An air-pollution alert expired Wednesday, but Anica Martinez and her children were not breathing any easier.
“It’s been really bad this year. My son has been out of school since Monday,” Martinez, 38, said Wednesday.
Responding to increasing levels of smog pollution, the San Joaquin Valley Air Pollution District on Monday issued an air alert and urged residents with breathing conditions to stay indoors. Officials don’t expect to see much improvement in air quality until the weekend.
Smog levels have spiked in recent weeks because of increased motor vehicle traffic after school resumed in the valley, the pollution district said.
Spokesman Anthony Presto said Monday’s air alert was specifically focused on smog, but other factors such as smoke from wildfires and almond harvest dust can also “wreak havoc” for some, such as Martinez and her children.
“With the smoke and the dust from (almond) harvest, it just feels different than last year,” Martinez said.
Winds continue carrying smoke from the Rim fire in Stanislaus National Forest and Yosemite National Park into the valley, and conditions are not expected to improve until early next week, according to the National Weather Service in Hanford.
“At least for the short term, we’re all blocked up in the valley,” meteorologist Keven Durfee said. “Our weather pattern for the next few days is stagnant.”
Durfee said residents should expect temperatures approaching 100 degrees over the next few days, with cooler weather beginning to creep in over the weekend.
“It will be Monday or Tuesday before we see any noticeable changes in the weather pattern, but cooler, drier air is coming,” he said.
With nearly 100,000 acres of almonds being harvested in Merced County, the dust created when commercial farmers shake the trees is also effecting air quality.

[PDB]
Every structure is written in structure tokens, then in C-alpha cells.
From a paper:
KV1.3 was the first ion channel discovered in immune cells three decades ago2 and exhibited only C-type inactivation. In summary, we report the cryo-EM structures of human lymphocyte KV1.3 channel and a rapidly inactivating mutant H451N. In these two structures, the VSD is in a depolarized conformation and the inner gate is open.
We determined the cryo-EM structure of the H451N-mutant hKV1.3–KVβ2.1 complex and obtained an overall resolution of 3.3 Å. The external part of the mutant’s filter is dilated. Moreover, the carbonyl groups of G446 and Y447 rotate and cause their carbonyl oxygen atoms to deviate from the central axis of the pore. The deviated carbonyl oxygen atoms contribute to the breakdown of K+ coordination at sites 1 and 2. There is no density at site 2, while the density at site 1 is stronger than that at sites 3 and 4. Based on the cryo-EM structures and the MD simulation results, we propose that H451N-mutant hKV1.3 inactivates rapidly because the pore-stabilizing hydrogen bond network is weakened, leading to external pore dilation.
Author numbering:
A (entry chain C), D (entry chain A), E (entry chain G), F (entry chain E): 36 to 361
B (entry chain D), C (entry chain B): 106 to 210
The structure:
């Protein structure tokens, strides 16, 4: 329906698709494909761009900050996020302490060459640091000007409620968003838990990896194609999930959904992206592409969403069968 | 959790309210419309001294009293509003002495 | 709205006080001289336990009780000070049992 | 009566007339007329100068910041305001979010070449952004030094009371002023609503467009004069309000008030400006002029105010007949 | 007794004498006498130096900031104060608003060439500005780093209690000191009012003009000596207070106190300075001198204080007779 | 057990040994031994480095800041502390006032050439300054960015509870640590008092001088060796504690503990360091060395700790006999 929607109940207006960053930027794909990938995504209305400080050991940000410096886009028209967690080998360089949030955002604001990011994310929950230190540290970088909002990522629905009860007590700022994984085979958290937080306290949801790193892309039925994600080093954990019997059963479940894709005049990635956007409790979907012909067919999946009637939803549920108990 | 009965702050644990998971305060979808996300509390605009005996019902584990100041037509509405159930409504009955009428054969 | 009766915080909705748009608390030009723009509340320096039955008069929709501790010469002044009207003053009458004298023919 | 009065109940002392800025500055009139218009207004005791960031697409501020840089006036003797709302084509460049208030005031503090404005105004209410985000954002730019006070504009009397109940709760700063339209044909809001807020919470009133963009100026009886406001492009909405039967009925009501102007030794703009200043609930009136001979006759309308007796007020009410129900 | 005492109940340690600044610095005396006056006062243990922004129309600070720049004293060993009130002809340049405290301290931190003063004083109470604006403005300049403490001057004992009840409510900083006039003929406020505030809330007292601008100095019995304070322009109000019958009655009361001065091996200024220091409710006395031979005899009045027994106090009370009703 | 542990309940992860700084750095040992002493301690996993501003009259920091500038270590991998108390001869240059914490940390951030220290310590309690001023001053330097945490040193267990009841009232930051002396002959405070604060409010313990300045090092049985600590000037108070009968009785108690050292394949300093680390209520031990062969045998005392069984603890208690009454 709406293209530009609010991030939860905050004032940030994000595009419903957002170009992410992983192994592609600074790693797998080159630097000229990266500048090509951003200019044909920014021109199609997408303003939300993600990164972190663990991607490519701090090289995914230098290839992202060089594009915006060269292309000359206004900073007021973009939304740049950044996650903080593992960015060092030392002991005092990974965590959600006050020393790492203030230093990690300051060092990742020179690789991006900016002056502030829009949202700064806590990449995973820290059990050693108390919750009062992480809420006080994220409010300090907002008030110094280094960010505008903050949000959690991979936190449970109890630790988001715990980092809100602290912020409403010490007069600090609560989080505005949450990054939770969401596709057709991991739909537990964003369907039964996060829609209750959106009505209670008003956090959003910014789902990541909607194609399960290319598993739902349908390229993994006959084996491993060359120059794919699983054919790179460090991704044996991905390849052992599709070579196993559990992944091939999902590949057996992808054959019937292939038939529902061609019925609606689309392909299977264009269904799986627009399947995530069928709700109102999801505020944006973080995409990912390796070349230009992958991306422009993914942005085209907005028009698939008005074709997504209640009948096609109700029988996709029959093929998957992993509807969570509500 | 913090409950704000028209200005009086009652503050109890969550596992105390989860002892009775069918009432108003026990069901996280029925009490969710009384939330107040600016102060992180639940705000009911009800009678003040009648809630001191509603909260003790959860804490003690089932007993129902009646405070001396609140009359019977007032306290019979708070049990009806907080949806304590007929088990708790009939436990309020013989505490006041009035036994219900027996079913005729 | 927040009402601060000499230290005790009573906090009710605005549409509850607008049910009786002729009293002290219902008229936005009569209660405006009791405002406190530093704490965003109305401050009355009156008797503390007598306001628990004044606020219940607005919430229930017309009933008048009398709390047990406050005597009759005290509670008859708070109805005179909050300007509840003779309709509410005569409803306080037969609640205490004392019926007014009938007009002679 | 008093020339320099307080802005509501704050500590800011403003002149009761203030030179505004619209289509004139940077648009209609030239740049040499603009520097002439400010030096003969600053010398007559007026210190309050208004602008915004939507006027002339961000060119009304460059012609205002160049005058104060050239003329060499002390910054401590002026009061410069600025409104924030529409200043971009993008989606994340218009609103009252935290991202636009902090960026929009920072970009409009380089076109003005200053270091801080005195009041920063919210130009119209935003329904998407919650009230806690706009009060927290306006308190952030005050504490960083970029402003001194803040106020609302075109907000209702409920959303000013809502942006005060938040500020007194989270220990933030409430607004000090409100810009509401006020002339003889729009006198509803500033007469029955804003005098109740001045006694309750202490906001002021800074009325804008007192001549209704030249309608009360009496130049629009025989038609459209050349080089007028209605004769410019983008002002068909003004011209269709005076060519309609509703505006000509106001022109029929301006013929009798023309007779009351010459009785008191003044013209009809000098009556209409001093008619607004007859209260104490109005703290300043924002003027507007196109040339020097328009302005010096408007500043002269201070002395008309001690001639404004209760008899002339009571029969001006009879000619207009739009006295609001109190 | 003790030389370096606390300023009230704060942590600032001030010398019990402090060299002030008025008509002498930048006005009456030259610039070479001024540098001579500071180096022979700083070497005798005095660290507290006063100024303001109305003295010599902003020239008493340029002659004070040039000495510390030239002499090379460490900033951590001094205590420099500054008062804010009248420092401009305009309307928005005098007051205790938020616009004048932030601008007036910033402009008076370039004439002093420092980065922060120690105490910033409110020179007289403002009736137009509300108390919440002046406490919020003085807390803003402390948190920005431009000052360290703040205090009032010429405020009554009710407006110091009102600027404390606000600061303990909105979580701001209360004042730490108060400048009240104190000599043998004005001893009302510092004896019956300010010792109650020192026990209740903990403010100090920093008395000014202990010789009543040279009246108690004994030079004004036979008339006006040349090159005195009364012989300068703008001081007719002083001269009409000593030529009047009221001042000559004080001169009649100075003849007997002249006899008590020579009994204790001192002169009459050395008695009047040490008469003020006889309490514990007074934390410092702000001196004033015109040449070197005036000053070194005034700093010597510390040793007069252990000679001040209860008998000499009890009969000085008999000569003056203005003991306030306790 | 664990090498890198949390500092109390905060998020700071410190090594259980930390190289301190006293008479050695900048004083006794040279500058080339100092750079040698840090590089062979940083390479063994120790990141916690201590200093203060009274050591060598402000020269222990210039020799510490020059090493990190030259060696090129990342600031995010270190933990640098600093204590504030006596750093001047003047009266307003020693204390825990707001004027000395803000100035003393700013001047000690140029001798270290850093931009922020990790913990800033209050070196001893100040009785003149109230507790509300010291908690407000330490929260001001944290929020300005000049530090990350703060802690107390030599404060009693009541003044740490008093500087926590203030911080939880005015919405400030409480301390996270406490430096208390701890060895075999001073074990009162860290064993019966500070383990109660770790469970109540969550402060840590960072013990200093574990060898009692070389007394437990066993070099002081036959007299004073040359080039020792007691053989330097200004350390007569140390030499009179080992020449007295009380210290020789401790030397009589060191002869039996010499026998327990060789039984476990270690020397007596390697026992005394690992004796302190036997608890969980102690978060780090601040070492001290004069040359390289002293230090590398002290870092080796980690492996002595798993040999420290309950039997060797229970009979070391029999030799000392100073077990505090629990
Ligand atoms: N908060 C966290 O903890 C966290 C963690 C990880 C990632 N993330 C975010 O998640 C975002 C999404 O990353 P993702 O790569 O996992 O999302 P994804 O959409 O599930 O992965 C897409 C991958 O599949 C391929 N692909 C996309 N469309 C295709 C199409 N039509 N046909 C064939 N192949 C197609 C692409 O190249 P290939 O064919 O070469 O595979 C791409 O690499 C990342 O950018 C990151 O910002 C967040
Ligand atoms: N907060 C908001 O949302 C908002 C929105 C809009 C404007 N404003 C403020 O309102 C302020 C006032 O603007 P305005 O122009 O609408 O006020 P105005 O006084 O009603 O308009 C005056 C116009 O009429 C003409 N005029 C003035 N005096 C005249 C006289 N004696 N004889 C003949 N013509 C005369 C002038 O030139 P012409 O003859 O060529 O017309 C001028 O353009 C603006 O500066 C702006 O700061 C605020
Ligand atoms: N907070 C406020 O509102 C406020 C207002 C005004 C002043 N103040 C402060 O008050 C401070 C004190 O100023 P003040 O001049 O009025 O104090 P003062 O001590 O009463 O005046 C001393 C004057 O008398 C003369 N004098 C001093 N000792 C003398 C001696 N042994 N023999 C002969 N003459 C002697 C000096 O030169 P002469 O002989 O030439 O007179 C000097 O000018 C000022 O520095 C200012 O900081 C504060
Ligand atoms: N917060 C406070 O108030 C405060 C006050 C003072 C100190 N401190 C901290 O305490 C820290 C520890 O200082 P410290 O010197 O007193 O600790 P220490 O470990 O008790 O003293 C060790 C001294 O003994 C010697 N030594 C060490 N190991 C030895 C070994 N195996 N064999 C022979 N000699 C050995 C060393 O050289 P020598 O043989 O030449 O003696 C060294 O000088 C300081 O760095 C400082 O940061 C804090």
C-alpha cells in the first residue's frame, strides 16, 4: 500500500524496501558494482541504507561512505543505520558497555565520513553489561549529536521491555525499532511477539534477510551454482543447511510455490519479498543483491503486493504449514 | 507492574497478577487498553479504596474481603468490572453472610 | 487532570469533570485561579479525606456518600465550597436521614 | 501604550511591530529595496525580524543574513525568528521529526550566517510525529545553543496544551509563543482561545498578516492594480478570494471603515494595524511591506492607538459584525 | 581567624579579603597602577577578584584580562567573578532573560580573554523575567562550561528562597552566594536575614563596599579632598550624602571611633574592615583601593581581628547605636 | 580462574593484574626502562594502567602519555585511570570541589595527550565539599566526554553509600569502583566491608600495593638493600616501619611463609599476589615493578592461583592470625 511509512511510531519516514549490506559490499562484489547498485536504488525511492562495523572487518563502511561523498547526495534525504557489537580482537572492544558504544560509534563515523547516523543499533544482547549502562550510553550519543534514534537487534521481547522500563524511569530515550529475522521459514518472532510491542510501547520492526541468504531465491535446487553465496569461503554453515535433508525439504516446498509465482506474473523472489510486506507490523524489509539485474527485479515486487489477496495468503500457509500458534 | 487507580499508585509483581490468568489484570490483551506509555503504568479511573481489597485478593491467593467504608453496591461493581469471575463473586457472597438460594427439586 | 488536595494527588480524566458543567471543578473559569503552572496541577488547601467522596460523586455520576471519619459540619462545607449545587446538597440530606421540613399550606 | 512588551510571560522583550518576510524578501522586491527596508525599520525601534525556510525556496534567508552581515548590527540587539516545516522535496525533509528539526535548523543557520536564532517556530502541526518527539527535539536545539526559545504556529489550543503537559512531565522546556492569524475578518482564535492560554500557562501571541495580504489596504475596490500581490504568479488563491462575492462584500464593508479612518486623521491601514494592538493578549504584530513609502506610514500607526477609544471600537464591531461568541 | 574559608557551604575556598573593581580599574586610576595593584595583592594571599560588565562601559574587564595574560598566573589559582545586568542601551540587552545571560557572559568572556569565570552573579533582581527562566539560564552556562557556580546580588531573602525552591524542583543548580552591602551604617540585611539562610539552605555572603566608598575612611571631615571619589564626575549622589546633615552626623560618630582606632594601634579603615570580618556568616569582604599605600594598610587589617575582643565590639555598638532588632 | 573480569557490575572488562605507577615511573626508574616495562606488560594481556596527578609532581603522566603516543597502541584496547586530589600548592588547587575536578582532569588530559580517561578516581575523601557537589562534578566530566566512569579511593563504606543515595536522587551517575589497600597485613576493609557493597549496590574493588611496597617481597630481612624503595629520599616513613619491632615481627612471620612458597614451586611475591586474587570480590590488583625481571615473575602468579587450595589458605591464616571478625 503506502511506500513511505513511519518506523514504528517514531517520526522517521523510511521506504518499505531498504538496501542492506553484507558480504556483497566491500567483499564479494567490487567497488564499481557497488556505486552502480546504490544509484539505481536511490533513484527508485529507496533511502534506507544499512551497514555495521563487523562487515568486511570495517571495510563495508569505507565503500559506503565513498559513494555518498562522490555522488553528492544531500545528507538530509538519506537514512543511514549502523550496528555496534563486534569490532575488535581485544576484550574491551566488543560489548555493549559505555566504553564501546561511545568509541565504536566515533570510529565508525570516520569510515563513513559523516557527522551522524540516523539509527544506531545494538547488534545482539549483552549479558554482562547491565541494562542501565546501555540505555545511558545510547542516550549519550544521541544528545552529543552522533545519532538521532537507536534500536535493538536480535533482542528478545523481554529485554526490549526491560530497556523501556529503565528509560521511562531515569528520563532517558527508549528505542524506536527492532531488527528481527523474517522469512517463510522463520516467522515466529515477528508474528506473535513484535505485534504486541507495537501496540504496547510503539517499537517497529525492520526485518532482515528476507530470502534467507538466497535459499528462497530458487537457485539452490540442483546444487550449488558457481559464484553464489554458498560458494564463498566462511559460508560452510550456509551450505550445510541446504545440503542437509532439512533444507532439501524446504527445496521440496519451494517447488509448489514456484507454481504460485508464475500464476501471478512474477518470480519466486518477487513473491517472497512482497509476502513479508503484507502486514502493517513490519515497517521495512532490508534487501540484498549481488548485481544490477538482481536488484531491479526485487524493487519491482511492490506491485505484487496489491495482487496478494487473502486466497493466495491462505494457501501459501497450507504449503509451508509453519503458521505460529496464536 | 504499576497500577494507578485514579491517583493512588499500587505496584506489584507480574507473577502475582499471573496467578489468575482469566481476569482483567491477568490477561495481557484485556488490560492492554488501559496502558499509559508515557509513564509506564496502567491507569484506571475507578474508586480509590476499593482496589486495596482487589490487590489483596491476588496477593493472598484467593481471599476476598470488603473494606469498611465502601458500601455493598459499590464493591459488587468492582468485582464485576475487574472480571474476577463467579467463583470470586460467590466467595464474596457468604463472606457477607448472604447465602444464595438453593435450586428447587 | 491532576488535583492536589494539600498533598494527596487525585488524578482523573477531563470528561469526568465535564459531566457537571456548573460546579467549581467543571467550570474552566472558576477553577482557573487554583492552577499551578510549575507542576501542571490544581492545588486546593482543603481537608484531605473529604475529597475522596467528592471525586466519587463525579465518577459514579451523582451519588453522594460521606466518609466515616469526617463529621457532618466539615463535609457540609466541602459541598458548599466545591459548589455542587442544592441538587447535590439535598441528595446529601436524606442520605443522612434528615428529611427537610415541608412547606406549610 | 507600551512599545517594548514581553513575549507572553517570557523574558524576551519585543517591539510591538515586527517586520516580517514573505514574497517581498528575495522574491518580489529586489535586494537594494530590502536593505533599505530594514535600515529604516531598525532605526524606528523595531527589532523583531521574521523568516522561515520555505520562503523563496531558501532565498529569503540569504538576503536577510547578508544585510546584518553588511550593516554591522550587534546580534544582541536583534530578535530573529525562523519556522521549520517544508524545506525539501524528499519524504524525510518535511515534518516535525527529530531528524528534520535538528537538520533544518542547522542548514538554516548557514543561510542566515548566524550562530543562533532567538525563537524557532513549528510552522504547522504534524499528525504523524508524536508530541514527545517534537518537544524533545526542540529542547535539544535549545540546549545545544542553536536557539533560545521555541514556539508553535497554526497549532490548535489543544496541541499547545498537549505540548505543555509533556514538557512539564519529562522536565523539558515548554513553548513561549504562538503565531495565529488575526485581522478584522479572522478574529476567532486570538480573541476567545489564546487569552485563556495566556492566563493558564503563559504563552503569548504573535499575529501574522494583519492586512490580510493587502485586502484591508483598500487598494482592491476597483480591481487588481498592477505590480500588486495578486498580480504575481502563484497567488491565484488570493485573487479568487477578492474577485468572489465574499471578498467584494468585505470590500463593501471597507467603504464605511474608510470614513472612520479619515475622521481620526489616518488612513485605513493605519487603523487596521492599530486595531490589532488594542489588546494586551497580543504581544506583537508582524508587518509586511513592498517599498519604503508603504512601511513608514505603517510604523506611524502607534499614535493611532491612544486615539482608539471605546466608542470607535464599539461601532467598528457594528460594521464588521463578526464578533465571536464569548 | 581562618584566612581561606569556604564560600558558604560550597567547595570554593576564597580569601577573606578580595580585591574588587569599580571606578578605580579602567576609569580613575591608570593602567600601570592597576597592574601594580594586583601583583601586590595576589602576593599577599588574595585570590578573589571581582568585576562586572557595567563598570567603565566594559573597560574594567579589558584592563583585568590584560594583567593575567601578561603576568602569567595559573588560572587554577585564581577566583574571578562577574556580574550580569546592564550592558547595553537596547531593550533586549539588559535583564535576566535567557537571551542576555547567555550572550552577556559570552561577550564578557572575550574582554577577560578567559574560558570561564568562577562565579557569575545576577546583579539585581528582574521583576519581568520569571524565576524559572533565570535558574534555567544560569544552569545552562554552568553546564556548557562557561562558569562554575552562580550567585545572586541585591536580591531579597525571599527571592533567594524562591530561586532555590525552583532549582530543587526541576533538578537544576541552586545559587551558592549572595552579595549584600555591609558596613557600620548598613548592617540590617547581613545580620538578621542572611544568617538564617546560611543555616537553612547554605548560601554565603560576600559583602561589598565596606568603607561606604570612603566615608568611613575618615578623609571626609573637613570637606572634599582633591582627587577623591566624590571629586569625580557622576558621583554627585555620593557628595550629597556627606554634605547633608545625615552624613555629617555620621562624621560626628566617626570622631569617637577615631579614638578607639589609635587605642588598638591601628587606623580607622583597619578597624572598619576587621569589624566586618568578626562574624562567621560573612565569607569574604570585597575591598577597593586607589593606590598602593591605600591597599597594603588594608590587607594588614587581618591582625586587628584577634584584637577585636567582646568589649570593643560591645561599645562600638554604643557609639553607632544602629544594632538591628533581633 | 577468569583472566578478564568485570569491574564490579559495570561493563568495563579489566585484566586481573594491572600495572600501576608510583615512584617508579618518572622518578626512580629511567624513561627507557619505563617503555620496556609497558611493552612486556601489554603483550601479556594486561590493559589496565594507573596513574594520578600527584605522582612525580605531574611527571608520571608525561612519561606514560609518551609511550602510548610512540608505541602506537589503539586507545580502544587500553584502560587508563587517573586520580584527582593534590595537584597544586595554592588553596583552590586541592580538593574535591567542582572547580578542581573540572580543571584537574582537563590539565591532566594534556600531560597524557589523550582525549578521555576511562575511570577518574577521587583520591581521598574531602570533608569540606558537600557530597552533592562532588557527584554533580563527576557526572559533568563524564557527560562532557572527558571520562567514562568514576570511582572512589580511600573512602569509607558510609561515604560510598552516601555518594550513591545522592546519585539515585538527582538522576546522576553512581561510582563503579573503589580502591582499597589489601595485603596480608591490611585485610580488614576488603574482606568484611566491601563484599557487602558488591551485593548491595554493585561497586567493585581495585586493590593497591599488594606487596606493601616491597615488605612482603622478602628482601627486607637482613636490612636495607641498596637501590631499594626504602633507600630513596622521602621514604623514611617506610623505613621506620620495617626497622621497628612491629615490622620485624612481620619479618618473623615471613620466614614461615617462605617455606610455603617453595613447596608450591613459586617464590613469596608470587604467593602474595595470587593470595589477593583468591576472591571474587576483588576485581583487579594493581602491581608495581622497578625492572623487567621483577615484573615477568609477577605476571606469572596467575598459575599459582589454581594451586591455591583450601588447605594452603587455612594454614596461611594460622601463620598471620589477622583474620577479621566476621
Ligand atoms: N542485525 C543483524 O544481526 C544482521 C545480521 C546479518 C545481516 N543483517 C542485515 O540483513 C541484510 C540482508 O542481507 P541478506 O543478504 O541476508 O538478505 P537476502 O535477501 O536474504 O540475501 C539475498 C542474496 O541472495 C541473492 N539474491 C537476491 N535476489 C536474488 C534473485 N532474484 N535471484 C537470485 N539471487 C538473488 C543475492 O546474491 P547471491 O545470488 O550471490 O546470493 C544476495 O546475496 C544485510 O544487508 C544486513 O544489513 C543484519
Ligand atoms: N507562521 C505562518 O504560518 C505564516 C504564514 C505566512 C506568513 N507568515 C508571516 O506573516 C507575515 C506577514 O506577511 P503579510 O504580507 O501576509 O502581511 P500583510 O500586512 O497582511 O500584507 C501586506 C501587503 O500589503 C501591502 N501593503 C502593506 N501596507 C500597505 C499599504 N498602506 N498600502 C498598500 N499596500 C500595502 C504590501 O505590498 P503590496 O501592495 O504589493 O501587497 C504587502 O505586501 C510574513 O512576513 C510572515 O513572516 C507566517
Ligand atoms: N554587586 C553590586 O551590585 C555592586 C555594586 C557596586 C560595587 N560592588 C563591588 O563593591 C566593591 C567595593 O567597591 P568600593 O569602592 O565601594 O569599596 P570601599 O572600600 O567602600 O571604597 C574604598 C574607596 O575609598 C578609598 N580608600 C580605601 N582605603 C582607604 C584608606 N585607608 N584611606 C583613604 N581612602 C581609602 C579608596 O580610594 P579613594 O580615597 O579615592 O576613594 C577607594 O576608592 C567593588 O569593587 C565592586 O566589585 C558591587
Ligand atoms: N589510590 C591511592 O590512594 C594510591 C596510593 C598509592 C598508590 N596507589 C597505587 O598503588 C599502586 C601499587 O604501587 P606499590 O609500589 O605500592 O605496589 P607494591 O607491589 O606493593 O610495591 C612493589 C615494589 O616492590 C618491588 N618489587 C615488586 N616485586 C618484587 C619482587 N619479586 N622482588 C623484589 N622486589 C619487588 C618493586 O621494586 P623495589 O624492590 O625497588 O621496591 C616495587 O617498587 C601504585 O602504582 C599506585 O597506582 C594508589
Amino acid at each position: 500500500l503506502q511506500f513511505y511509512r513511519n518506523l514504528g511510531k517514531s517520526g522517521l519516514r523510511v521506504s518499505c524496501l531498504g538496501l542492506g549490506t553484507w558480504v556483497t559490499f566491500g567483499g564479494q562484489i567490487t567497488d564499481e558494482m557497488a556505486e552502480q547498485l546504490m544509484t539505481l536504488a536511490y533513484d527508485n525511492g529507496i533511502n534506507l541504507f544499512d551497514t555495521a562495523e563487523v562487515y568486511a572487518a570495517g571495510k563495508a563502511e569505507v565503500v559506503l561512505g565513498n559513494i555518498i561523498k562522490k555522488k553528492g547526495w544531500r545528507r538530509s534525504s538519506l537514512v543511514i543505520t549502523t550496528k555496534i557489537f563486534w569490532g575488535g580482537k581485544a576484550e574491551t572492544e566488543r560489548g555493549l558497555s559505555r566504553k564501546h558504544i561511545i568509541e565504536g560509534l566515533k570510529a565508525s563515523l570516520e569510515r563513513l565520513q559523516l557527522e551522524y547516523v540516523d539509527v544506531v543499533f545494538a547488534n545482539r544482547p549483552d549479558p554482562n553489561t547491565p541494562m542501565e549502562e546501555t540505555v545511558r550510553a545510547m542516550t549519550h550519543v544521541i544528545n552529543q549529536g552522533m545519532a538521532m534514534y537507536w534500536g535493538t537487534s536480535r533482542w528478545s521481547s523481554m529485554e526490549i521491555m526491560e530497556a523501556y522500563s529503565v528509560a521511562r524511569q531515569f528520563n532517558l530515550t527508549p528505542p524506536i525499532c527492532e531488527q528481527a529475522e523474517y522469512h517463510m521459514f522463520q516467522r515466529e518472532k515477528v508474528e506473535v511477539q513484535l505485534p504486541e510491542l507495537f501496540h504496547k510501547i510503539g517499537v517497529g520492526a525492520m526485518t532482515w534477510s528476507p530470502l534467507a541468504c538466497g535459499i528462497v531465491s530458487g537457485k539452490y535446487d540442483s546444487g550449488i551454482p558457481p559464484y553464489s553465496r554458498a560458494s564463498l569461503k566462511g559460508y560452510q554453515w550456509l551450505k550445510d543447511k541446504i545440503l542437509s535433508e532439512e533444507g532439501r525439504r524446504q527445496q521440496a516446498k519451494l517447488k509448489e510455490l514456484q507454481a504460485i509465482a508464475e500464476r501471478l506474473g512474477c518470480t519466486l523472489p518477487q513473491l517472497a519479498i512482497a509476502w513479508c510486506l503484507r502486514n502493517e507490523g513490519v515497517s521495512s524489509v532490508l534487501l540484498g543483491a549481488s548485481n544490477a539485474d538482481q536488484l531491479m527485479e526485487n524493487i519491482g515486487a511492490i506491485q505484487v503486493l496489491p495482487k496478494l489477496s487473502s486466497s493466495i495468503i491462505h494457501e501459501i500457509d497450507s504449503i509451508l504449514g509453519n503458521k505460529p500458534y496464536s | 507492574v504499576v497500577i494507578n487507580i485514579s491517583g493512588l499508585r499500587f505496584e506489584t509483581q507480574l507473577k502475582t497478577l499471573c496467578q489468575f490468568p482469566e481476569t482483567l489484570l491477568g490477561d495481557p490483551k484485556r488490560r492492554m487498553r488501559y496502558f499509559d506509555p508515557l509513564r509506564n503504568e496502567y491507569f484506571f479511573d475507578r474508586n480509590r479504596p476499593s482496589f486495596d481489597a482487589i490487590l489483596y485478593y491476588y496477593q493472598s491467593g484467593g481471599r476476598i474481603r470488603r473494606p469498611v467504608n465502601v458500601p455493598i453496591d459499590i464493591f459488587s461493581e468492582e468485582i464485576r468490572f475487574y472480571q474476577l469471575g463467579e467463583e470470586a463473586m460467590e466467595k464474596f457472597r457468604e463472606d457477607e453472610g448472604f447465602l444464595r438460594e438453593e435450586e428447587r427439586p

County agricultural Commissioner David Robinson said months of dry weather forced almond farmers to begin harvesting early this year. Harvest season typically runs from early August to late October.
“But (harvesting) can last into November, depending on conditions,” Robinson said.
While some new harvest equipment aims to cut down on the amount of dust created during almond harvest, some dust is inevitable.
Robinson said almonds generated more than $400 million in Merced County in 2011, making it the area’s second largest commodity behind milk – two key components to the region’s dominate ag economy.
Vance D’Escoto, principal of Donn B. Chenoweth Elementary, said school officials monitor air quality status daily.
“It (air quality) can change throughout the day and we make adjustments based on those changes,” D’Escoto said.
Students with breathing issues were kept inside on Monday, but by Wednesday conditions had improved and all children were on the playground at recess, he said.
Fall is typically a tough time for Martinez and her family, but this year has been harder, she said.
“We’re treating it like rainy days, mostly,” Martinez said. “We’re just staying inside. It’s hard because the kids want to go outside and play.”